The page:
“These clients were not afraid of color. They kept saying, ‘More!'” recalled Chelsie Lee, project manager for Jessica Helgerson Interior Design (JHID). The Portland, Oregon-based firm had been hired to furnish a young couple’s newly purchased 20’x45′ brick row house in Fort Greene.
The building had recently been gut-renovated by the Brooklyn Home Company, with a new two-story extension on the back and a new interior staircase.
“We did a little light remodeling, like adding doors to the built-in cabinetry in the dining room to make it symmetrical,” said Lee, but the designers’ mandate was to realize the vision of the new homeowners: décor that was bold and playful.
Adding the new extension meant losing square footage at the rear of the parlor floor, so there wasn’t enough space for the existing kitchen, a dining room and a living room on that level.
“We debated whether to put the dining room downstairs, connecting to the garden,” said Lee, “but ultimately decided that because the clients entertain a lot, it was better to have the dining room near the kitchen” — on the parlor floor, with the living/family room below.
“We tried to resolve the lack of a living room upstairs by adding a sofa between the dining room and the kitchen, so you can sit and be comfortable while someone’s cooking. It gets used a lot.”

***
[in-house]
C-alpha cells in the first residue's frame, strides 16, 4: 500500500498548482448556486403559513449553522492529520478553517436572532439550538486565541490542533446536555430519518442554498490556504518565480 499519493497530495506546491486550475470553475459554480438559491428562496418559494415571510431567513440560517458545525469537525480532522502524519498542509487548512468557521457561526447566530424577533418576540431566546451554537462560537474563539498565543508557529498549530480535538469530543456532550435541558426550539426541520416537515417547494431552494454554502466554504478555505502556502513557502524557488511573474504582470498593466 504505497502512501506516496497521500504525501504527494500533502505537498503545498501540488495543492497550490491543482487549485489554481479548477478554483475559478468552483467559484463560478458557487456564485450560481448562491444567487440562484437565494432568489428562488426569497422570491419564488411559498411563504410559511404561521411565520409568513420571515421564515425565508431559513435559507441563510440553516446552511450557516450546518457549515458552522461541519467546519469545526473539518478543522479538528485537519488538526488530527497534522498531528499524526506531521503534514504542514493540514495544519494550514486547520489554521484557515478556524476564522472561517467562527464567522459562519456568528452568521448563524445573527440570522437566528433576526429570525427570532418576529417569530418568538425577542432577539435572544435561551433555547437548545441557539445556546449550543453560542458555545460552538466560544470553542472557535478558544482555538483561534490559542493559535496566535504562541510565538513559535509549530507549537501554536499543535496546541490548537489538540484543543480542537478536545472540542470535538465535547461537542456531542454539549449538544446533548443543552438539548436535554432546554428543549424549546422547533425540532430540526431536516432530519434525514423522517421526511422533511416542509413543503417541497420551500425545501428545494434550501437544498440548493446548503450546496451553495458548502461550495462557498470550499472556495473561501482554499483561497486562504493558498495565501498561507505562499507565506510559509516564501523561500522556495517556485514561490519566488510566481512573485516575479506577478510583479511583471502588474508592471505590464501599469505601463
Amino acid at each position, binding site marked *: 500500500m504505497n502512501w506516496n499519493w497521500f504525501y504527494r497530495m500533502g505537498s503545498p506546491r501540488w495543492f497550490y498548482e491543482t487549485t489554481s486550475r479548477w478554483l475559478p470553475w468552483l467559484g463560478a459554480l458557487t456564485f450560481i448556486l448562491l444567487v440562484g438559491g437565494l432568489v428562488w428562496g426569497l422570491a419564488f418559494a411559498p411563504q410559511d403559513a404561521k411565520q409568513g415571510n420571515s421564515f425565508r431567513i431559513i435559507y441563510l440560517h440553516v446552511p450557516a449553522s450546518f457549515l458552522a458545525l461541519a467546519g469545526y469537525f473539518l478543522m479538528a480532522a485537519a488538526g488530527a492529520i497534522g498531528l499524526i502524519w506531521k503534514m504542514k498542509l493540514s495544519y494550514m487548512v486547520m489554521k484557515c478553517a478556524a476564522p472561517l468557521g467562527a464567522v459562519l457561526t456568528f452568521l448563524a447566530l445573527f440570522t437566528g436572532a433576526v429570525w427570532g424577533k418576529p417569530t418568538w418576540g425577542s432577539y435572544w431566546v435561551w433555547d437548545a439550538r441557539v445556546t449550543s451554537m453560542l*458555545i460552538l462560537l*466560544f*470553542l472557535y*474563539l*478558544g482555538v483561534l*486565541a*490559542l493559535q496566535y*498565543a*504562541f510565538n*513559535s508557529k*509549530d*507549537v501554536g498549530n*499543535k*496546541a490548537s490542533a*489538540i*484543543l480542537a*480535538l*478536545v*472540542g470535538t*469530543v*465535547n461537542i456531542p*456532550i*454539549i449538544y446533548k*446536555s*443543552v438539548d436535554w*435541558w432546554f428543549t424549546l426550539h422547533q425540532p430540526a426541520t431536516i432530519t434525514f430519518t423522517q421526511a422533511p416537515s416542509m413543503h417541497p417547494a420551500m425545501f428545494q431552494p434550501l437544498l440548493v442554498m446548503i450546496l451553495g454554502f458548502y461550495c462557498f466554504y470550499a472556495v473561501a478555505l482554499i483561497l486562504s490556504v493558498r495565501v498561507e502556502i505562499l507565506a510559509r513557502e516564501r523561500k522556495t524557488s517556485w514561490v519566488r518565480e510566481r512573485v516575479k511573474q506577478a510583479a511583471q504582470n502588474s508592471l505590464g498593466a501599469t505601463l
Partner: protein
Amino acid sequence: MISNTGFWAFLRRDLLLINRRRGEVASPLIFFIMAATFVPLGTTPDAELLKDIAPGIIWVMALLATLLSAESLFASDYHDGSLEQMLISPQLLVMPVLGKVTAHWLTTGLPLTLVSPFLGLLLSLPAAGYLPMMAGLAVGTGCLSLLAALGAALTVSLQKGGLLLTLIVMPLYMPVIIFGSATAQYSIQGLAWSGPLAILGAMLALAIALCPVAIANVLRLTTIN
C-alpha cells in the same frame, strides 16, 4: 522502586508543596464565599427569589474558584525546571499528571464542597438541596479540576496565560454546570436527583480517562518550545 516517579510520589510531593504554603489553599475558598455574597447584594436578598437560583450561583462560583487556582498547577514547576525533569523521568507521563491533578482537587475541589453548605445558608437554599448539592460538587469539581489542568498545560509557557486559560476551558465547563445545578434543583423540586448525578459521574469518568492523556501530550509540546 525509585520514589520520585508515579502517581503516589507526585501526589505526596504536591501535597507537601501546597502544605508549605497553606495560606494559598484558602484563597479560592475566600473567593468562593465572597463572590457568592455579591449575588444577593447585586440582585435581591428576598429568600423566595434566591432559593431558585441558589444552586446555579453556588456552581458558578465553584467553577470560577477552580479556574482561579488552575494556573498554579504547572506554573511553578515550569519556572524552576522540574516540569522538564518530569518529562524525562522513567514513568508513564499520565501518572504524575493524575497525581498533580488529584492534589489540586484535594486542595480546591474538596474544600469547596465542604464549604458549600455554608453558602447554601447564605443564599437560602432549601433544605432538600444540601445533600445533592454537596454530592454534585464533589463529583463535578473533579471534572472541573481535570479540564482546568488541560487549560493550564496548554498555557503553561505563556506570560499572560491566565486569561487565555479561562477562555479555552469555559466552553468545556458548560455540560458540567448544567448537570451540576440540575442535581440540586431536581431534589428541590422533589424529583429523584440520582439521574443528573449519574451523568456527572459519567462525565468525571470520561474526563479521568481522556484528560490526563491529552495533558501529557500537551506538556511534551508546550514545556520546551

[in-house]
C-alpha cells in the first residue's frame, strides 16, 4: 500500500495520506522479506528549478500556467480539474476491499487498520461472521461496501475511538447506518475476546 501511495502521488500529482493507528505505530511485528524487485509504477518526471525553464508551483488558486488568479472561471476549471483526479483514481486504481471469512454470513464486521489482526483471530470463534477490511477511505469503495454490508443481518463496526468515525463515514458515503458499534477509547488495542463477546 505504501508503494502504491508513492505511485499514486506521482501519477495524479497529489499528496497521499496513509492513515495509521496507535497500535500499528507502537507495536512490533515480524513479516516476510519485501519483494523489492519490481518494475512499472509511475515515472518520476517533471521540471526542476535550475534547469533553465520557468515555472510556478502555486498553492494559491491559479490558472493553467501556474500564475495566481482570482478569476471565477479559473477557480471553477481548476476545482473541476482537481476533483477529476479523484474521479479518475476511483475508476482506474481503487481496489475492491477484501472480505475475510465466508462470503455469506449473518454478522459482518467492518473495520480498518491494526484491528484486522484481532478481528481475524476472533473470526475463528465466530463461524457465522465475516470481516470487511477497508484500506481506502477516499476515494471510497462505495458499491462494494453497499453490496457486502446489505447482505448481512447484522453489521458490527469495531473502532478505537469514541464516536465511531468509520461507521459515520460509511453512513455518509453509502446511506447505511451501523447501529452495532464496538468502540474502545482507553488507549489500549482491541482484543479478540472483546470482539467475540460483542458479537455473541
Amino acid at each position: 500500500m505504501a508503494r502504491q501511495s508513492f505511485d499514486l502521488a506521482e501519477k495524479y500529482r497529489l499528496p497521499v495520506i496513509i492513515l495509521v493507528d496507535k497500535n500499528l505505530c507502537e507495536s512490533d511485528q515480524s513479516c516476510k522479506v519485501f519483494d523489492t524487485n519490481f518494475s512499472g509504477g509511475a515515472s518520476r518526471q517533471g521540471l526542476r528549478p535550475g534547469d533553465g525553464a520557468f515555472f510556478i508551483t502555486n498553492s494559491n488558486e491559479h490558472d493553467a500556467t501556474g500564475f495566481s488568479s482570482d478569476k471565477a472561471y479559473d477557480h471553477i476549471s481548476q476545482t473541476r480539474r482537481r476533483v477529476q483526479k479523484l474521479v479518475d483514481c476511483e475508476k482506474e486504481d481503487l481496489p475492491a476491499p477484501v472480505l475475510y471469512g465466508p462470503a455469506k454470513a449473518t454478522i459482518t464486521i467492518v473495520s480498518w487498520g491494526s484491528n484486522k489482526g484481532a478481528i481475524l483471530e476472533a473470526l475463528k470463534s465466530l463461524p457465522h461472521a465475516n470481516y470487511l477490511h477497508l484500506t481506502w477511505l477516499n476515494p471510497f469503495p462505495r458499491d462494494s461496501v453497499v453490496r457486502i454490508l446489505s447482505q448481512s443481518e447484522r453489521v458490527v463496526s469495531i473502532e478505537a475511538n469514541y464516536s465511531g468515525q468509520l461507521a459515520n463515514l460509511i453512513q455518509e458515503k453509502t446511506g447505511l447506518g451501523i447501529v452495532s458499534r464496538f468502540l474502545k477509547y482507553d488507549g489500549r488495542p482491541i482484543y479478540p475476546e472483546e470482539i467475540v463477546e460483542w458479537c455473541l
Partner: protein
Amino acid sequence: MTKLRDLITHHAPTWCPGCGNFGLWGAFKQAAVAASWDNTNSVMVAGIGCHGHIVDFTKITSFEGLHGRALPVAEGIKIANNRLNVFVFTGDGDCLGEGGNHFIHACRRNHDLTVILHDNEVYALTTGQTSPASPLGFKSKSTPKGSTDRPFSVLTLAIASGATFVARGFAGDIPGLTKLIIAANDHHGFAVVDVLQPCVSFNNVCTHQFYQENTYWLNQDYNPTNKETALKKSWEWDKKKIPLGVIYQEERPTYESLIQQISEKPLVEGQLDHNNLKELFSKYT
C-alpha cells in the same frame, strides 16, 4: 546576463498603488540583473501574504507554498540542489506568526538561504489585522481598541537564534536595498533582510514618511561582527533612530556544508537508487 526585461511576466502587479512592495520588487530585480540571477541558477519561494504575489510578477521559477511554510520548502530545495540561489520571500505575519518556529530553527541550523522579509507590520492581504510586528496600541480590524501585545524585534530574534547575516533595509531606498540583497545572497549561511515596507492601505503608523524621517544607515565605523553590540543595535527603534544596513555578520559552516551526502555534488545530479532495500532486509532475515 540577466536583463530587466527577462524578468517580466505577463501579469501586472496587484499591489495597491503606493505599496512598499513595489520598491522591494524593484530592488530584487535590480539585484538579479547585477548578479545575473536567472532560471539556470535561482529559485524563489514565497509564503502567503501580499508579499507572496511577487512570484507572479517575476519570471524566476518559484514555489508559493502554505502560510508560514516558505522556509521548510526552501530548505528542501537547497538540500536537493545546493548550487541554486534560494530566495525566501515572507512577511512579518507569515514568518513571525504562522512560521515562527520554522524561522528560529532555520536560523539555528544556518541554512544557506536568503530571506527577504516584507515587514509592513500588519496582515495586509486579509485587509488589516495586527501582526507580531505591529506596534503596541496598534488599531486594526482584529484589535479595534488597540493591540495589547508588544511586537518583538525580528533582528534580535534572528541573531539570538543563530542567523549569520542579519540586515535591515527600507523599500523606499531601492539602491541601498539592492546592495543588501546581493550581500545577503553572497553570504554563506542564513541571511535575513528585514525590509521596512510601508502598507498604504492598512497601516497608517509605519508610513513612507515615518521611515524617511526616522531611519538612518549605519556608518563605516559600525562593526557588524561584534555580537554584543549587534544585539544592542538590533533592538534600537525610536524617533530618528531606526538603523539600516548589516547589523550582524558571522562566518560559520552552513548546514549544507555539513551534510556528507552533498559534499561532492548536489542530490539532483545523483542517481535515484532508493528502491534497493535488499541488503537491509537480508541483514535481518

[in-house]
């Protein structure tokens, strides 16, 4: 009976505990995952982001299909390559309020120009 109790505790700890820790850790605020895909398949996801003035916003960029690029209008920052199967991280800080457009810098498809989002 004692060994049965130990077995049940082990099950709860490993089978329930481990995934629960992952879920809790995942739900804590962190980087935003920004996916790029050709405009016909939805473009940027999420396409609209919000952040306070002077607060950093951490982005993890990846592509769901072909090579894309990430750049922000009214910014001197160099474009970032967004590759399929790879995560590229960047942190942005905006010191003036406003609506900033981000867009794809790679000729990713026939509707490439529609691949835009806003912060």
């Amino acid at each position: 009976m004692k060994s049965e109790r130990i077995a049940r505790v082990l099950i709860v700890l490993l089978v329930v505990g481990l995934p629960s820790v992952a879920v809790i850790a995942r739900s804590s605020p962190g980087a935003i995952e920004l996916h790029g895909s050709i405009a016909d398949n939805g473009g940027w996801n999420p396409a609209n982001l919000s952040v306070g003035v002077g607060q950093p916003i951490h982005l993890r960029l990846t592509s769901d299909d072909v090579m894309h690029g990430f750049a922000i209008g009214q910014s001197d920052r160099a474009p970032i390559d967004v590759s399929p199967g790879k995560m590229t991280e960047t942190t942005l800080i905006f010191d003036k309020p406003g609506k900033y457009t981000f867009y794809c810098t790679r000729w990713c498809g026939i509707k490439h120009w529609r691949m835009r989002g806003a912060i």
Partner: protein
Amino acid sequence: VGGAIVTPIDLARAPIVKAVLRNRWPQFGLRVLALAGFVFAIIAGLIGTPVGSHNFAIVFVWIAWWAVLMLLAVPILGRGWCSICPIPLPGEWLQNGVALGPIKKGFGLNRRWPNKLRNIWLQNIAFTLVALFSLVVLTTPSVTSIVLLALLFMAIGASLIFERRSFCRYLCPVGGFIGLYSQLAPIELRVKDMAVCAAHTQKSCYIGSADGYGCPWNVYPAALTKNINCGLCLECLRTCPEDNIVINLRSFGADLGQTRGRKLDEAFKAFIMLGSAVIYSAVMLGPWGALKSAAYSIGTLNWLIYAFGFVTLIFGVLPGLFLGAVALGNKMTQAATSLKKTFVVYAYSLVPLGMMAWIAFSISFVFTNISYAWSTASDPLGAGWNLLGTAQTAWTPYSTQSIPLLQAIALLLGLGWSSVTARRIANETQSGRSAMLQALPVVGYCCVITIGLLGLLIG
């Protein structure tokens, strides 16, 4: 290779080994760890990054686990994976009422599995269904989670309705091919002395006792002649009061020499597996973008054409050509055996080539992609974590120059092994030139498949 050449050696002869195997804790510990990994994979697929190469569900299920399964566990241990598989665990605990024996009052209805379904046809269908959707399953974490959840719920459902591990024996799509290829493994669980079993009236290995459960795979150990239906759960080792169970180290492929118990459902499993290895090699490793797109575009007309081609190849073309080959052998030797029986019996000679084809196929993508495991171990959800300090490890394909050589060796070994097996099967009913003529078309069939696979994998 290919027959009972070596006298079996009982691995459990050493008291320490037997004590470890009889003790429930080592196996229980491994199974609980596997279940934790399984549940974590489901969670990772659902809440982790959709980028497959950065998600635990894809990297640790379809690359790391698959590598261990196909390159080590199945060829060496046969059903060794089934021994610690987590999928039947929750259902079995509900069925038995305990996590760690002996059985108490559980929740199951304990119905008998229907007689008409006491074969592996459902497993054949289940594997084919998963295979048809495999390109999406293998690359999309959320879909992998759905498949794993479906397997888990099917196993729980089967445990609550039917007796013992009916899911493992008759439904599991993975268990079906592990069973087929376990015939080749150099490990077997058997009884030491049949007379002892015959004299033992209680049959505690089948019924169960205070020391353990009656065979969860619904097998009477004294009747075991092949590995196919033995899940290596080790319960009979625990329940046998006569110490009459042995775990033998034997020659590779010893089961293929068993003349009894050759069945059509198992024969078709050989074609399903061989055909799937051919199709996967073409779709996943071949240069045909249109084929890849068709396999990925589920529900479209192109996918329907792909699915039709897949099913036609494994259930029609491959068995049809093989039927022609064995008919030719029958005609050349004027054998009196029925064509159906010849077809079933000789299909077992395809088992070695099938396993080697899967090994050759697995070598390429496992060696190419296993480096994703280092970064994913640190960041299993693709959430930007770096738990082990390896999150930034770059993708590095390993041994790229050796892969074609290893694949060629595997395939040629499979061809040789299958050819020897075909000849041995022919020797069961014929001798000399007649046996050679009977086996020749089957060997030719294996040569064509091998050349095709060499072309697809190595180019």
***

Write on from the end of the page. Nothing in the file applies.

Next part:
JHID designed a dining table (shown above) from two slabs of walnut, with a series of turquoise butterfly joints. Vintage Paul McCobb chairs around the table were lacquered turquoise as well.
Four shades of red form a geometric pattern on the back of the bookshelf wall, which is used not for books but for a collection of handmade wood, ceramic and glass objects. The chandelier is from David Weeks, the sofa from Ligne Roset.
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Photos: Andrew Cammarano
Among the changes JHID made to the kitchen were a new white stove hood (replacing a stainless steel one) and a white ceramic tile backsplash. The walnut countertop remains; the stools are walnut as well. The Topan pendant lights are a Verner Panton design.
The designers liked the the idea of contrasting the white walls of the parlor floor with a darker color for the family/living room on the garden level (it’s Benjamin Moore’s Kendall Charcoal). As the two floors open to each other, they painted angled shapes on the wall to mark the transition. The custom sofa is upholstered with vintage Peruvian blankets, collected over time. Chelsie Lee designed the fir coffee table with a chevron-patterned top.
In the master bedroom (one of three bedrooms in the house), gray walls and an ebony-stained bed — custom designed by JHID — are offset by a vivid Turkish kilim. Leftover pieces of the blankets used to upholster the downstairs sofa were recycled as throw pillows for the bed.
The clients told the designers to “go crazy with color” in the top floor guest room, so they did.
The Insider is Brownstoner’s weekly in-depth look at a notable interior design/renovation project, produced and written by design journalist Cara Greenberg. You can find it here every Thursday at 11.